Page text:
I was a total asshole to some strangers on Facebook
I was a total asshole to some strangers on Facebook today. I raged. I had science on my side. My first few comments began with a gentle presentation of data on the topic at hand. My friend who had posted the incredulous article considers himself an educated man. He would surely want to know that he’s mistaken, right? I linked to peer-reviewed studies. The charts were beautiful and informative. The writing was clear, crisp, and sourced. Still, within seconds people I had never met began contesting the validity of my sources.
I must be interacting with some speedy readers, I thought. My fellow commenters informed me that they already knew the “truth” and didn’t need to read the studies. They had their own. Mine were propaganda. I was “brainwashed.” I was in fact but a “sheeple” in the eyes of the enlightened masses huddling in Facebook comment threads. Following the news of my new place in the taxonomy of man and mutton, a link to a blog post featuring one of their “studies” was shared.
At last! The evidence I longed for. I was ready for enlightenment. No longer would I be a sheeple! I clicked the link to a site named something along the lines of____truth.org – a sure sign of its legitimacy. After a glance at a personal blog featuring a couple testimonies and a link to a study long disproven, instead of calling bullshit, I presented the pros and cons of peer review. Perhaps that’s where the confusion is. Not everyone is a trained researcher. I get that. It can be difficult to know a good source from a bad one in the vast expanses of bullshit on the Internet. With that in mind, I figured it would be best to respond reasonably since the topic was of importance to me. At least that’s how I justified spending time engaged in a debate with visceral strangers on Facebook.
As I expected, my attempts at cordial discourse were met with venomous personal attacks. I tried to bring the conversation back by using pure logic to make my point. I was then told to go “fuck myself.” That’s when I snapped.
I had recently posted an article on my Facebook page asking if it’s better to address science denial with kindness or anger. I’m prone to say kindness. It keeps the door open lends itself to intellectual credibility. However, occasionally that’s just a delusion. The door was already closed. I was duped by common courtesy to think this exchange was ever a dialogue. Instead, it’s like I stumbled into a bar and tried to converse with a couple shaky-handed alcoholics hell bent on leveling brazen monosyllabic insults at anyone who lets light trickle in from the door.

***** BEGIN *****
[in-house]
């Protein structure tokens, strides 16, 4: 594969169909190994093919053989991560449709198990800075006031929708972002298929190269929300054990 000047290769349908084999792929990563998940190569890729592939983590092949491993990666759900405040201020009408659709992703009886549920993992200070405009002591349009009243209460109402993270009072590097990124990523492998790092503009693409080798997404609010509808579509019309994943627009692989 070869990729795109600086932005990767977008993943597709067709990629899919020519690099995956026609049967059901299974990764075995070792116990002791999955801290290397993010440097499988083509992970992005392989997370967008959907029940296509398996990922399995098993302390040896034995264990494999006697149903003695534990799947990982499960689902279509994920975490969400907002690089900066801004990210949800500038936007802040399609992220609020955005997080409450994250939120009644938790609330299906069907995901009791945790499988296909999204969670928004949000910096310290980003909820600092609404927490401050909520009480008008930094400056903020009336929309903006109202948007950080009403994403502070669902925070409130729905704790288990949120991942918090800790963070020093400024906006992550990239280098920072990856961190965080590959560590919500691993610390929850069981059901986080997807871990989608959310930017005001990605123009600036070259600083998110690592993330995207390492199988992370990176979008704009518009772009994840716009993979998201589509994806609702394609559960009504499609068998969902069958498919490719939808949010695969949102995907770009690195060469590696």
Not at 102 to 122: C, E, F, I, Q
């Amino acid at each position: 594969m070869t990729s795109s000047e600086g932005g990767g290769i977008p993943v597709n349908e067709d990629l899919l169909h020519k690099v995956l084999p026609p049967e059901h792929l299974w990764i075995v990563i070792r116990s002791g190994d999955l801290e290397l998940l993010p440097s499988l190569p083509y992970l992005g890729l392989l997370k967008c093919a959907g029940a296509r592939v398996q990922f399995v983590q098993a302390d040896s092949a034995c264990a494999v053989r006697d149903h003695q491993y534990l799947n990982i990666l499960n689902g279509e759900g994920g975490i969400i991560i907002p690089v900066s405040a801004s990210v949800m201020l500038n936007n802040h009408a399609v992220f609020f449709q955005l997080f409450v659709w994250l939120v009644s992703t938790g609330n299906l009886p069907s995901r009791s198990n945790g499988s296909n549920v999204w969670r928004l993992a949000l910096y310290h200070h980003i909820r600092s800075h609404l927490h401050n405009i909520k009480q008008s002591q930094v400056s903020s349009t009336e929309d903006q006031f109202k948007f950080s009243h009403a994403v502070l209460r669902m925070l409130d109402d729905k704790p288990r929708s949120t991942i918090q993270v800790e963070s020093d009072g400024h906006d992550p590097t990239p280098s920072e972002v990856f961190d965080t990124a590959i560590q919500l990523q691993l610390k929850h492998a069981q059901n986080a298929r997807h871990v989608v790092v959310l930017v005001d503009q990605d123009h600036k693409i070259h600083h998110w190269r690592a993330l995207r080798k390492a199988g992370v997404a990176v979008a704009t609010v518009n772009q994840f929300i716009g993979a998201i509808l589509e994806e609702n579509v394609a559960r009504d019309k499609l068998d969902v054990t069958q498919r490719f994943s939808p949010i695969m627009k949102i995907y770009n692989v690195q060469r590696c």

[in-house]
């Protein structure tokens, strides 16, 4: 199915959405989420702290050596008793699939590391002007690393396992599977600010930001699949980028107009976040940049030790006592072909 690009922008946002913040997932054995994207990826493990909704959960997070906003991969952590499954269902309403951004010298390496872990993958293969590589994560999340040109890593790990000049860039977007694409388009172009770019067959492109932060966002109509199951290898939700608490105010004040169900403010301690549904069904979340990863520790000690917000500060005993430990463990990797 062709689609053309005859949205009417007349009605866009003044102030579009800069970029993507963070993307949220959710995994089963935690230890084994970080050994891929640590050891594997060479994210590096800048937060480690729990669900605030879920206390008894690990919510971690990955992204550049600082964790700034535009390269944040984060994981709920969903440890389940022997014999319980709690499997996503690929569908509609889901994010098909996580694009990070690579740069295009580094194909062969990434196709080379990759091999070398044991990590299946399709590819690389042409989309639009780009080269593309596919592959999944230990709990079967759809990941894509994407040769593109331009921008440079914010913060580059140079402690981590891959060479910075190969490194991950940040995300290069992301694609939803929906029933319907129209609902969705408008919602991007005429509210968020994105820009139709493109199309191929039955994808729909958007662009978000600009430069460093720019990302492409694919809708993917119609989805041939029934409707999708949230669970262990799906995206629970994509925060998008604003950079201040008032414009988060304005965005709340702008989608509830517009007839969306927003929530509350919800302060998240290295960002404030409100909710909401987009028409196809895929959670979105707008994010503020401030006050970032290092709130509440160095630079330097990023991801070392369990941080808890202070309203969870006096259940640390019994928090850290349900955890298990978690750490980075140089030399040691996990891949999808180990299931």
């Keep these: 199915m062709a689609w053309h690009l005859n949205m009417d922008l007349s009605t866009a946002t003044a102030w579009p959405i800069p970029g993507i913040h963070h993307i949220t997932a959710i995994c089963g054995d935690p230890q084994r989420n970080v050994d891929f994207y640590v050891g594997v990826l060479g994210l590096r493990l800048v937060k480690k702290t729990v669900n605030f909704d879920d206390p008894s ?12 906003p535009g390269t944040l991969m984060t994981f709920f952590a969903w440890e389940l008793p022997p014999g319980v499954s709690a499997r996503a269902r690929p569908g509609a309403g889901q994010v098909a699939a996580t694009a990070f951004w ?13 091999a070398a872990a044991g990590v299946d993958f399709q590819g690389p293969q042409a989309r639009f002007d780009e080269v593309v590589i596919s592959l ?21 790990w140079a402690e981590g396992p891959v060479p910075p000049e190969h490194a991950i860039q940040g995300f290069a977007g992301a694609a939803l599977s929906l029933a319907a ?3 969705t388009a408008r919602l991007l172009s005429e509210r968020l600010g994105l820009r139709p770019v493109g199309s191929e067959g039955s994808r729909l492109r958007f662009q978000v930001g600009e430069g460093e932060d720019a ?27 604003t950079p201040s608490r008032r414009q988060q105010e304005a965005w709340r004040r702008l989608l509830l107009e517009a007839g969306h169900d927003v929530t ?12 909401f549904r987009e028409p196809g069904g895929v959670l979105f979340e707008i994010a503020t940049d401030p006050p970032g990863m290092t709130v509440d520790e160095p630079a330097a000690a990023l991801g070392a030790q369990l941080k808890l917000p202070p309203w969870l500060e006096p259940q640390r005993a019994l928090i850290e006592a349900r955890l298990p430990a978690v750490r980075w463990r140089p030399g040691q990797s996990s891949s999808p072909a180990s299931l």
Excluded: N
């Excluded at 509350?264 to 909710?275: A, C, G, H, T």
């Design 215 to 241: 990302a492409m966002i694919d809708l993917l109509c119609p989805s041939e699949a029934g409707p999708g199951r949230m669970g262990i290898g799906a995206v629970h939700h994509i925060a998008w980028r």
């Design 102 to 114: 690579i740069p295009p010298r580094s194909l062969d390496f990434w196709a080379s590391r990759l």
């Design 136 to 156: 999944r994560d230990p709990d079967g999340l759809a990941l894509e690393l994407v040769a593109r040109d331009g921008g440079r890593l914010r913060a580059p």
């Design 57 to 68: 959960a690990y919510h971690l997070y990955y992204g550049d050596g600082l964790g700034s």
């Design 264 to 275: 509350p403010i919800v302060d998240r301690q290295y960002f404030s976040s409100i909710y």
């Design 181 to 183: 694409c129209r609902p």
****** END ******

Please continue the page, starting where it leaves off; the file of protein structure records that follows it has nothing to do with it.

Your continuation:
I dropped a few of my favorite expletives. I figured if I’m going to stoop to such behavior, I best do it well. I let the douchbags know what I thought of ‘em. After all, they’re everything wrong with the contemporary world in which sound bites and opinions are championed alongside facts and scientific consensus. Of course, that's surely what they thought of me.
After a couple rants, I felt damn virtuous. That lasted about 15 minutes. A tinge of guilt soon trickled through my chest. I started thinking about the repercussions of online permanence that I’ve seen come back and bite people in the ass years later. But that feeling only lasted a couple breaths. The next stage was relief. I had taken out my frustration with the loss of rationality that plagues the contemporary world; it felt great.
While my credulity was pitched to the wayside, I finally understood how social media fuels an addiction to unadulterated rage. While some people my not have facts, they’re scared and yet equally self-righteous; social media has changed the world; it’s changing how we act towards one another; how we perceive the value of information more intrinsically tied to our own desires than reality. Often madness gets the upper hand. For better or worse social media can reduce all of us to sound bites. It’s probably best to not feed the trolls. When you do, it’s helpful to admit that in our digital age some people really enjoy being assholes and the reason they do is because they're convinced that you are a bigger one.
Deric Mendes is the publisher and editor of Bold Type Magazine. His work has been featured in The Nation, the North Coast Journal, and other more dubious publications. After reporting from the Middle East, he's currently in production on a documentary about Syrian Americans during this time of conflict.